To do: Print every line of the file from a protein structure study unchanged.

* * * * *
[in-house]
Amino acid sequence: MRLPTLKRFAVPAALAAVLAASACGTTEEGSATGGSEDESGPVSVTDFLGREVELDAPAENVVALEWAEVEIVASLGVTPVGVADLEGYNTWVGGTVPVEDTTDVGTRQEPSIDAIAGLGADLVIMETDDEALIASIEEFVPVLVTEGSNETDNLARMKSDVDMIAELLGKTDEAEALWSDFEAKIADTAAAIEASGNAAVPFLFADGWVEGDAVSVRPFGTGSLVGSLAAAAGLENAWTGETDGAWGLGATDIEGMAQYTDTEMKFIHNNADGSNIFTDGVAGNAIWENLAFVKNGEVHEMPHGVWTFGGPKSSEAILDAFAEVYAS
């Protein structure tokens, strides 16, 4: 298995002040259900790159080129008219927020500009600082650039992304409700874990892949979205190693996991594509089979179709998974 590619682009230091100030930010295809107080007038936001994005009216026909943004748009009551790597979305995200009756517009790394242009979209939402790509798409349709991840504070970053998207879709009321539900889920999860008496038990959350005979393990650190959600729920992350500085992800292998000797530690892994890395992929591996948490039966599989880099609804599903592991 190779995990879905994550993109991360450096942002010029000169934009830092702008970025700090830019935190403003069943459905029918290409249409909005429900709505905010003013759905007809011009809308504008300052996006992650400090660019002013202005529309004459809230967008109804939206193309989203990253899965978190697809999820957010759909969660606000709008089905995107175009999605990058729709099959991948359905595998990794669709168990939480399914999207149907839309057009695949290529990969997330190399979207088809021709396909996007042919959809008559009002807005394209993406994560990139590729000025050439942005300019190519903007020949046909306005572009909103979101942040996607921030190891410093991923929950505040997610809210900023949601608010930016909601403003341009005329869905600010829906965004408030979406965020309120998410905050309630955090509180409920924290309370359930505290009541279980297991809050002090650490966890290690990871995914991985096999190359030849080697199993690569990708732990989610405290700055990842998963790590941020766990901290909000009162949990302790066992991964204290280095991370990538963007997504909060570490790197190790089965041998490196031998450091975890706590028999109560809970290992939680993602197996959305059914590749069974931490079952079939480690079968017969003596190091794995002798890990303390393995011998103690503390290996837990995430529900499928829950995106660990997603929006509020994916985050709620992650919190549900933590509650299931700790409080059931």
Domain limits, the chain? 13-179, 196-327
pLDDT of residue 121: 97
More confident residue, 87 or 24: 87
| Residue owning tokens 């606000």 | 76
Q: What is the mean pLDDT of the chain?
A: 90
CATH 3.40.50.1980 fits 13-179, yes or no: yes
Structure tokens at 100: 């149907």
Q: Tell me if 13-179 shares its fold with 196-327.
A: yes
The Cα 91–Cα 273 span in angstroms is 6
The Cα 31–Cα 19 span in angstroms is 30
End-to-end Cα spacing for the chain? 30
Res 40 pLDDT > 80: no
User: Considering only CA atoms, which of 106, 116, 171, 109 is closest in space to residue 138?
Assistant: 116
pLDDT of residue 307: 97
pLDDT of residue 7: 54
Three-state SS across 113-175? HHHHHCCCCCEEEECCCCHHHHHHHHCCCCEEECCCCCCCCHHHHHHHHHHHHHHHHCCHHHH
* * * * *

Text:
[in-house]
Amino acid sequence: MRLPTLKRFAVPAALAAVLAASACGTTEEGSATGGSEDESGPVSVTDFLGREVELDAPAENVVALEWAEVEIVASLGVTPVGVADLEGYNTWVGGTVPVEDTTDVGTRQEPSIDAIAGLGADLVIMETDDEALIASIEEFVPVLVTEGSNETDNLARMKSDVDMIAELLGKTDEAEALWSDFEAKIADTAAAIEASGNAAVPFLFADGWVEGDAVSVRPFGTGSLVGSLAAAAGLENAWTGETDGAWGLGATDIEGMAQYTDTEMKFIHNNADGSNIFTDGVAGNAIWENLAFVKNGEVHEMPHGVWTFGGPKSSEAILDAFAEVYAS
């Protein structure tokens, strides 16, 4: 298995002040259900790159080129008219927020500009600082650039992304409700874990892949979205190693996991594509089979179709998974 590619682009230091100030930010295809107080007038936001994005009216026909943004748009009551790597979305995200009756517009790394242009979209939402790509798409349709991840504070970053998207879709009321539900889920999860008496038990959350005979393990650190959600729920992350500085992800292998000797530690892994890395992929591996948490039966599989880099609804599903592991 190779995990879905994550993109991360450096942002010029000169934009830092702008970025700090830019935190403003069943459905029918290409249409909005429900709505905010003013759905007809011009809308504008300052996006992650400090660019002013202005529309004459809230967008109804939206193309989203990253899965978190697809999820957010759909969660606000709008089905995107175009999605990058729709099959991948359905595998990794669709168990939480399914999207149907839309057009695949290529990969997330190399979207088809021709396909996007042919959809008559009002807005394209993406994560990139590729000025050439942005300019190519903007020949046909306005572009909103979101942040996607921030190891410093991923929950505040997610809210900023949601608010930016909601403003341009005329869905600010829906965004408030979406965020309120998410905050309630955090509180409920924290309370359930505290009541279980297991809050002090650490966890290690990871995914991985096999190359030849080697199993690569990708732990989610405290700055990842998963790590941020766990901290909000009162949990302790066992991964204290280095991370990538963007997504909060570490790197190790089965041998490196031998450091975890706590028999109560809970290992939680993602197996959305059914590749069974931490079952079939480690079968017969003596190091794995002798890990303390393995011998103690503390290996837990995430529900499928829950995106660990997603929006509020994916985050709620992650919190549900933590509650299931700790409080059931």
Domain limits, the chain? 13-179, 196-327
pLDDT of residue 121: 97
More confident residue, 87 or 24: 87
| Residue owning tokens 């606000």 | 76
Q: What is the mean pLDDT of the chain?
A: 90
CATH 3.40.50.1980 fits 13-179, yes or no: yes
Structure tokens at 100: 């149907």
Q: Tell me if 13-179 shares its fold with 196-327.
A: yes
The Cα 91–Cα 273 span in angstroms is 6
The Cα 31–Cα 19 span in angstroms is 30
End-to-end Cα spacing for the chain? 30
Res 40 pLDDT > 80: no
User: Considering only CA atoms, which of 106, 116, 171, 109 is closest in space to residue 138?
Assistant: 116
pLDDT of residue 307: 97
pLDDT of residue 7: 54
Three-state SS across 113-175? HHHHHCCCCCEEEECCCCHHHHHHHHCCCCEEECCCCCCCCHHHHHHHHHHHHHHHHCCHHHH